It’s not just the UK which is experiencing a big surge towards electric vehicle (EV) ownership. It’s happening all over Europe too.
And even though our continental cousins are facing the same issues as we are here in the UK – a growing EV car parc with a charging infrastructure that can’t keep up – many European countries are quite well organised when it comes to running battery powered vehicles.
Latest figures from last year show that there are at least 250,000 EV chargers across Europe with several thousand additional fast chargers for drivers who need a quicker turnaround. It’s not a lot different abroad than it is in the UK when trying to find a charging point and using it.
So can you even contemplate taking your EV on a long range continental holiday trip without the (long) range anxiety?
Yes, you can. Tusker, which specialises in salary sacrifice schemes, is campaigning constantly to help customers understand more about electric vehicles and their increasing advantages. And that includes enjoying their cars on holiday.
“With the right planning, a decent satnav, an dedicated App and a means to pay for your electricity, you and your family can enjoy a great summer holiday in Europe in an electric car,” says Vicky Anderson, Tusker’s marketing director.
“Technology is improving all the time and, while it takes a little thought and planning before you set off, having a holiday road trip in an EV makes a great break while helping the environment in the UK and other countries.”
As EV know-how develops, manufacturers are giving their cars greater and greater distances. It was only a few years ago when 100 miles on a full change was considered pretty good going.
But specialist website Electric Vehicle Database says that the average range now stands at 214 miles. Many cars can do well over 300 miles so getting where you want to be is not quite the worry it was five years ago. It just requires the same planning as you would do here in the UK, and regular stops for charging can be worked into the whole holiday experience.
There are Apps available from most suppliers to help you find a topping-up point, and most EVs come with a satnav equipped to help you with this important issue too. Some cars, such as Teslas, have satnavs that even plan in charging point stops on your trip and work the duration needed for the charge into the total journey time.
Ionity, for example, has 1,800 charge points on main roads in 24 different European countries. With 428 locations already they are currently building 37 more and continue to expand.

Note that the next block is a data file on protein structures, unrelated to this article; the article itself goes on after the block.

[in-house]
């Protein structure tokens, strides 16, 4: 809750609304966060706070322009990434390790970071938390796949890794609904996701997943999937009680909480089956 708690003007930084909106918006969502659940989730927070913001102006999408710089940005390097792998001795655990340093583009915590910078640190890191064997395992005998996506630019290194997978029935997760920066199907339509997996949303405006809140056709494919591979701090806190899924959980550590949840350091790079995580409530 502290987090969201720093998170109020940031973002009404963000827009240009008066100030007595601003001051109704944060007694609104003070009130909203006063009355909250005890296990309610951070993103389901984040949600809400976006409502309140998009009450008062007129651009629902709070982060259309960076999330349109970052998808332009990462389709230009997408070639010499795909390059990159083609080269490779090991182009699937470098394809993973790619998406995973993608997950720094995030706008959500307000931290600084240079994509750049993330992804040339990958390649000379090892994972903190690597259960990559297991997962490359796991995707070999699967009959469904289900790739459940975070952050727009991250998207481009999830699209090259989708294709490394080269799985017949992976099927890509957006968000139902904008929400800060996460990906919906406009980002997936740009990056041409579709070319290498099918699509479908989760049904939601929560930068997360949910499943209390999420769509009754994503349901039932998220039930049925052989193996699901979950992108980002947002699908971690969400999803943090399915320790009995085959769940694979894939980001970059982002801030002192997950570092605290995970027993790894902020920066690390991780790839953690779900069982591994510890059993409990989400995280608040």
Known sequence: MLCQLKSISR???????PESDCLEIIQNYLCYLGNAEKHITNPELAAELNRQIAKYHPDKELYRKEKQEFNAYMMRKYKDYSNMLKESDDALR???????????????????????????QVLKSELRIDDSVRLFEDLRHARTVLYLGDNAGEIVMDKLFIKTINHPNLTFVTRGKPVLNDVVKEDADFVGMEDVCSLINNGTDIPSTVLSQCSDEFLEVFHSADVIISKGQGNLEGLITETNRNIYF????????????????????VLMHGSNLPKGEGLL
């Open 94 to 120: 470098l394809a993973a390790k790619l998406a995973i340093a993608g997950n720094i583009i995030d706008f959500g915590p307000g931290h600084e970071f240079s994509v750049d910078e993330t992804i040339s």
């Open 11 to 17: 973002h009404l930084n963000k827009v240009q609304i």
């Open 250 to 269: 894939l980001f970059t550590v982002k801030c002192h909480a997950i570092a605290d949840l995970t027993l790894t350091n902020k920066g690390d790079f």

Allego is another European car charger provider expanding across the continent. It has 28,000 points already in 15 countries. Charging sessions can be paid for using its MSP (Mobility Service Provider) card or with your own credit card via its Smoov app.
Free-to-download apps that will help you get safely to some much-needed electricity for your car include:
PlugShare: includes a trip planner and checks for you that the plugs available will fit your car
Chargemap: finds the best match for your car from 450,000 points
Greenlots: gives results by nearest station, charger type or your ‘favourites’ list
NextCharge: allows single charging for multiple subscribers
ChargePoint: filters out incompatible stations and lets you check your charging history
You’ll find charging points across Europe in public places such as supermarkets, railway stations, shopping centres and motorway service areas. Planned well, and you can coincide your charge points with stopovers for lunch or a rest break for the family.
The Netherlands has the most charging points in Europe, with around 85,000 to stop at while France (55,000), Germany (50,000) and Italy (22,000) all offer good coverage.
Steer clear of Eastern European countries if you don’t want range anxiety. Lithuania, Poland, Latvia, Romania, Estonia, Bulgaria and Hungary have relatively small numbers of charging stations. Cyprus and Greece are also behind in taking the lead with charge points.
But, planned well, and with the right satnav and app helping you there’s no reason why any European holiday shouldn’t become the break you need.